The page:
From juice fasts to colon-cleanse formulas, options abound for those looking to start spring with a clean slate and improve overall health. Deborah Straub, a nutritionist at Canyon Ranch in Tucson, who emphasizes integrative medicine, encourages another alternative: “clean eating.” Aiming for 8 to 10 servings of fruits and vegetables a day could help protect against chronic diseases related to impaired detoxification, including cancer, Parkinson’s disease, chronic fatigue syndrome and fibromyalgia. But, Straub adds, “it’s important that the food you choose is ‘clean.’”
She advises seeking out minimally processed foods free of additives, artificial ingredients, high-fructose corn syrup, hydrogenated fats, pesticides, antibiotics, hormone residues and genetically modified organisms. “Choose organic foods whenever possible,” Straub says. “Organic is especially important for high-fat dairy products because pesticides accumulate in the fat.”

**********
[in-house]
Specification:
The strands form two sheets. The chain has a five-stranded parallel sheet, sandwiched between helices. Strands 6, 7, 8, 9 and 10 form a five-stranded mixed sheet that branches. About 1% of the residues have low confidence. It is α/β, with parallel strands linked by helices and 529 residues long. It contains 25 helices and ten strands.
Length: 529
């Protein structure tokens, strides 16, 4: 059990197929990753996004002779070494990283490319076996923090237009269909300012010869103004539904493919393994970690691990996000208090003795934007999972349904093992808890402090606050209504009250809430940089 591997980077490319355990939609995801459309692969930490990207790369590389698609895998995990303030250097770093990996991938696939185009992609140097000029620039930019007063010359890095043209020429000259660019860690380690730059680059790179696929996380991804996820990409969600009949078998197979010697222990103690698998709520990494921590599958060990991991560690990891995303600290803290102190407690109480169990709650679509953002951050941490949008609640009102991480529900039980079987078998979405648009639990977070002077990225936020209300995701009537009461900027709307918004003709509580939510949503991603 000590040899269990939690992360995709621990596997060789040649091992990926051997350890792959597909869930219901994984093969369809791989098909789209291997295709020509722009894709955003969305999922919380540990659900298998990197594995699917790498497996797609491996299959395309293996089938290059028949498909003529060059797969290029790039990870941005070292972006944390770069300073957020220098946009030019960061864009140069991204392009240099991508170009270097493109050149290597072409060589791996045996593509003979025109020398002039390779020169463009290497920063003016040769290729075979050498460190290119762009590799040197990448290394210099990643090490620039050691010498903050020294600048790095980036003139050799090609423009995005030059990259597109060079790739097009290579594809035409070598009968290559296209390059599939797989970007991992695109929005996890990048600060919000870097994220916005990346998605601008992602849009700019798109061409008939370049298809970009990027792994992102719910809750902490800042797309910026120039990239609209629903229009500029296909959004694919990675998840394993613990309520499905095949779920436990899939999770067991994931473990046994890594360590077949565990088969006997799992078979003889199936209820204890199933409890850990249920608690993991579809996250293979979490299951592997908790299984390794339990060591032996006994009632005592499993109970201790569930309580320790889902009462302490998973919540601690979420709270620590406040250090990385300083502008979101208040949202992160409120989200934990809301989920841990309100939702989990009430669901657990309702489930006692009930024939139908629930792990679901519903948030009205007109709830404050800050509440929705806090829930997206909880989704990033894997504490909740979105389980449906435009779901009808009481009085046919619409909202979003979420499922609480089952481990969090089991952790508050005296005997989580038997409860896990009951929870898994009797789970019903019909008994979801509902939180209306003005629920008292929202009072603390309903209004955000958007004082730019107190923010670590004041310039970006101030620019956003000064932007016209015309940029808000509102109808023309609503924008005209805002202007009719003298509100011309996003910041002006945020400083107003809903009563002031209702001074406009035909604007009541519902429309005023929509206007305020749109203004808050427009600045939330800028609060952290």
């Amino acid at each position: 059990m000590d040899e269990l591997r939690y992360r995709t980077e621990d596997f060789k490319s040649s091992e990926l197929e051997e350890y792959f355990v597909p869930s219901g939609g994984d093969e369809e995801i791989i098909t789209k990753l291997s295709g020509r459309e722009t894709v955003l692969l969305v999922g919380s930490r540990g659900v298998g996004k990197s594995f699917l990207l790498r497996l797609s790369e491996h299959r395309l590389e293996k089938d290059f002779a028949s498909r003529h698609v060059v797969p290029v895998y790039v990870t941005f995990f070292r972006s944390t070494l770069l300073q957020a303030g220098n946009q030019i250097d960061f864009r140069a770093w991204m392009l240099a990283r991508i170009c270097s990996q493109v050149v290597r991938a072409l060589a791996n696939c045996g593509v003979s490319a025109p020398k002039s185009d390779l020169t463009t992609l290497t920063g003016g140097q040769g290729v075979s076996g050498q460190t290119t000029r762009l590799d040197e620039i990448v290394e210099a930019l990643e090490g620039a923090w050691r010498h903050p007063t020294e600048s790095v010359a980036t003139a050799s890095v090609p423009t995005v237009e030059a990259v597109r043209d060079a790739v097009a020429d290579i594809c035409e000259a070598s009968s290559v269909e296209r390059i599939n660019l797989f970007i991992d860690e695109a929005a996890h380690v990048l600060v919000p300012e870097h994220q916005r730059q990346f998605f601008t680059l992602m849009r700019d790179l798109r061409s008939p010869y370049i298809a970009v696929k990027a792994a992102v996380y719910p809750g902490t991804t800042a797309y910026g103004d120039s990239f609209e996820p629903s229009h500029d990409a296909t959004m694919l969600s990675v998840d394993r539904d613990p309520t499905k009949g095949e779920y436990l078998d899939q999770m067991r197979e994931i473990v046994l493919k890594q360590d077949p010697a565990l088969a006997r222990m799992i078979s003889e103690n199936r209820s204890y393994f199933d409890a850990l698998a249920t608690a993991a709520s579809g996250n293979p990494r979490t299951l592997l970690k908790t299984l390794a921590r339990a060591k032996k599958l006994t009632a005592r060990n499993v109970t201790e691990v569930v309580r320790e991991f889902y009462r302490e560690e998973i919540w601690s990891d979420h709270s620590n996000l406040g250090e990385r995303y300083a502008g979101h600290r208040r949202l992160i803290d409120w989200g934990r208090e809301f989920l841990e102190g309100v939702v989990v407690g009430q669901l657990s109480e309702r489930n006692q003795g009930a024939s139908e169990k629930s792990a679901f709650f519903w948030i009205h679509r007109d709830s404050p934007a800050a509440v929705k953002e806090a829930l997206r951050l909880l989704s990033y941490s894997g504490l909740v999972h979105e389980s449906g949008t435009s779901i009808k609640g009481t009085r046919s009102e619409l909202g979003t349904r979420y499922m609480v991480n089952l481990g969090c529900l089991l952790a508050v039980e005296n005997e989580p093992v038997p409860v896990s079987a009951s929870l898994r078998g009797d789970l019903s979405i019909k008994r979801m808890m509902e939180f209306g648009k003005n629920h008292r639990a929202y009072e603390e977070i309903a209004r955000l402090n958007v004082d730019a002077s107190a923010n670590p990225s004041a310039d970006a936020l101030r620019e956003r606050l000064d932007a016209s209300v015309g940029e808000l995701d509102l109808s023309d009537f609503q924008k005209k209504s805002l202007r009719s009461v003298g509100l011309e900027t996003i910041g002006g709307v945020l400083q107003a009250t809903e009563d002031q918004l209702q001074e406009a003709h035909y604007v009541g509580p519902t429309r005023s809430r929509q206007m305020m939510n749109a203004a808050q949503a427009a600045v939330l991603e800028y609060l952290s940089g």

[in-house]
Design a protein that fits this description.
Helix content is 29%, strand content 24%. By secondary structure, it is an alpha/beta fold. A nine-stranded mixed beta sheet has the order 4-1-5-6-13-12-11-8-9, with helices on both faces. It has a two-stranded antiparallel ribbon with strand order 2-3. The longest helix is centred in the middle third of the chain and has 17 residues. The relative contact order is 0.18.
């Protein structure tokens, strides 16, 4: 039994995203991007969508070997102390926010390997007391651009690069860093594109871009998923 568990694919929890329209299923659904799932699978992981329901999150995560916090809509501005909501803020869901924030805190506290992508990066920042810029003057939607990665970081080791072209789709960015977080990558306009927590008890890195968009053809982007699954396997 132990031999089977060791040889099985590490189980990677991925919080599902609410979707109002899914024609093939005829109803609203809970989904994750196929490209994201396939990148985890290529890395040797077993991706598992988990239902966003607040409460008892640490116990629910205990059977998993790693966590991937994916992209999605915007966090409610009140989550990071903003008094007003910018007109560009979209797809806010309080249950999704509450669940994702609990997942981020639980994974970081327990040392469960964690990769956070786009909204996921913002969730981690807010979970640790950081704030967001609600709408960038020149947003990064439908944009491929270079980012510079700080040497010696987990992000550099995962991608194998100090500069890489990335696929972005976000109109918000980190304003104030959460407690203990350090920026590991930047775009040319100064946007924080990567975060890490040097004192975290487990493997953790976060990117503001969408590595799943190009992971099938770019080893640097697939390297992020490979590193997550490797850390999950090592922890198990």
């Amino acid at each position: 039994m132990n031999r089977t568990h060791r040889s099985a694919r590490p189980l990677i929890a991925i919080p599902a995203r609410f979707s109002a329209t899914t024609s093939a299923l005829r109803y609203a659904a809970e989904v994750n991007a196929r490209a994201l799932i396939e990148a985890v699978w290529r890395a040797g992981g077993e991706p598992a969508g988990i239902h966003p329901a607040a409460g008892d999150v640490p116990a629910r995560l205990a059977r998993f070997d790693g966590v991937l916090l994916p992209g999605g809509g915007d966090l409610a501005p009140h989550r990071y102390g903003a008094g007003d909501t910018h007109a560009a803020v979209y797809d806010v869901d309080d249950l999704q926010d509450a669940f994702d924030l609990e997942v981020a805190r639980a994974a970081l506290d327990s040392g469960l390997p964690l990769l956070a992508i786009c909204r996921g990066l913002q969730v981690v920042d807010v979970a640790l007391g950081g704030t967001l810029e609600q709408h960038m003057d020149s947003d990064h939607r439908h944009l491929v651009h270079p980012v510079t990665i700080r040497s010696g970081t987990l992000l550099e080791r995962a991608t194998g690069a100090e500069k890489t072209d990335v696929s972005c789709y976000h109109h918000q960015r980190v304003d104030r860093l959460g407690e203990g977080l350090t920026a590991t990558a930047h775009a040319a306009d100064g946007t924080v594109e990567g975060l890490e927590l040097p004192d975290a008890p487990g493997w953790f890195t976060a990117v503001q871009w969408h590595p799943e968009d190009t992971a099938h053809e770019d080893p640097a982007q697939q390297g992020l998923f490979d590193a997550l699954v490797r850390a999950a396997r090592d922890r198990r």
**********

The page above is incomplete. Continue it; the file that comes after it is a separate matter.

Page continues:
Steer clear of meat that contains additives or preservatives, she suggests, and opt for grass-fed over grain-fed. “Avoid meat from animals treated with antibiotics or hormones,” she cautions. Seafood that tends to be high in mercury or PCBs (shark, swordfish, tilefish, king mackerel, bluefin tun, Chilean sea bass and orange roughy) is also best avoided. And drink plenty of clean, filtered water.
Choosing foods rich in bioactive components that maximize the body’s detoxification systems is the second part of this clean-eating regimen. Eat garlic, onions, crucifers (broccoli, Brussels sprouts, kale and the like), whole grains, turmeric, berries, green tea, legumes, nuts, seeds, soy, red grapes, kefir and yogurt containing live cultures “to minimize toxic exposure and maximize your natural detoxification abilities,” Straub recommends.